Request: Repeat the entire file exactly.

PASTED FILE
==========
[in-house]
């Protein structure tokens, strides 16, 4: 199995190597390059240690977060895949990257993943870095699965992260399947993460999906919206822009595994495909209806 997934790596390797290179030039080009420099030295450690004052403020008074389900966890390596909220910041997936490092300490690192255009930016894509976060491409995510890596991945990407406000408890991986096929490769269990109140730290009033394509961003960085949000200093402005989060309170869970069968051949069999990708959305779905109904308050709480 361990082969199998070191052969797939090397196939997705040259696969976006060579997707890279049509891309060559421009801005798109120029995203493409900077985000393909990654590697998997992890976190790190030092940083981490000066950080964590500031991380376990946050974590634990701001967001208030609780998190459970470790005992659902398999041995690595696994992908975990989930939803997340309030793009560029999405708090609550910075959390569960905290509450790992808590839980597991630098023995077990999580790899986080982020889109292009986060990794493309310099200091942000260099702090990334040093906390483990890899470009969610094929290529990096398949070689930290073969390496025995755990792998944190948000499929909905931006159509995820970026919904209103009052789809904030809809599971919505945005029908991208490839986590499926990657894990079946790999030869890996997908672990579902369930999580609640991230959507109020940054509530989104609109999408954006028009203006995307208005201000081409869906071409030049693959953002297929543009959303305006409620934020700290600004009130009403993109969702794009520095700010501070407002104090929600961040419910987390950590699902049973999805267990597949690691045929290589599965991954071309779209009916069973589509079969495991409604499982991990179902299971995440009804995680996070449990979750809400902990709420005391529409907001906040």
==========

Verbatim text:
[in-house]
């Protein structure tokens, strides 16, 4: 199995190597390059240690977060895949990257993943870095699965992260399947993460999906919206822009595994495909209806 997934790596390797290179030039080009420099030295450690004052403020008074389900966890390596909220910041997936490092300490690192255009930016894509976060491409995510890596991945990407406000408890991986096929490769269990109140730290009033394509961003960085949000200093402005989060309170869970069968051949069999990708959305779905109904308050709480 361990082969199998070191052969797939090397196939997705040259696969976006060579997707890279049509891309060559421009801005798109120029995203493409900077985000393909990654590697998997992890976190790190030092940083981490000066950080964590500031991380376990946050974590634990701001967001208030609780998190459970470790005992659902398999041995690595696994992908975990989930939803997340309030793009560029999405708090609550910075959390569960905290509450790992808590839980597991630098023995077990999580790899986080982020889109292009986060990794493309310099200091942000260099702090990334040093906390483990890899470009969610094929290529990096398949070689930290073969390496025995755990792998944190948000499929909905931006159509995820970026919904209103009052789809904030809809599971919505945005029908991208490839986590499926990657894990079946790999030869890996997908672990579902369930999580609640991230959507109020940054509530989104609109999408954006028009203006995307208005201000081409869906071409030049693959953002297929543009959303305006409620934020700290600004009130009403993109969702794009520095700010501070407002104090929600961040419910987390950590699902049973999805267990597949690691045929290589599965991954071309779209009916069973589509079969495991409604499982991990179902299971995440009804995680996070449990979750809400902990709420005391529409907001906040």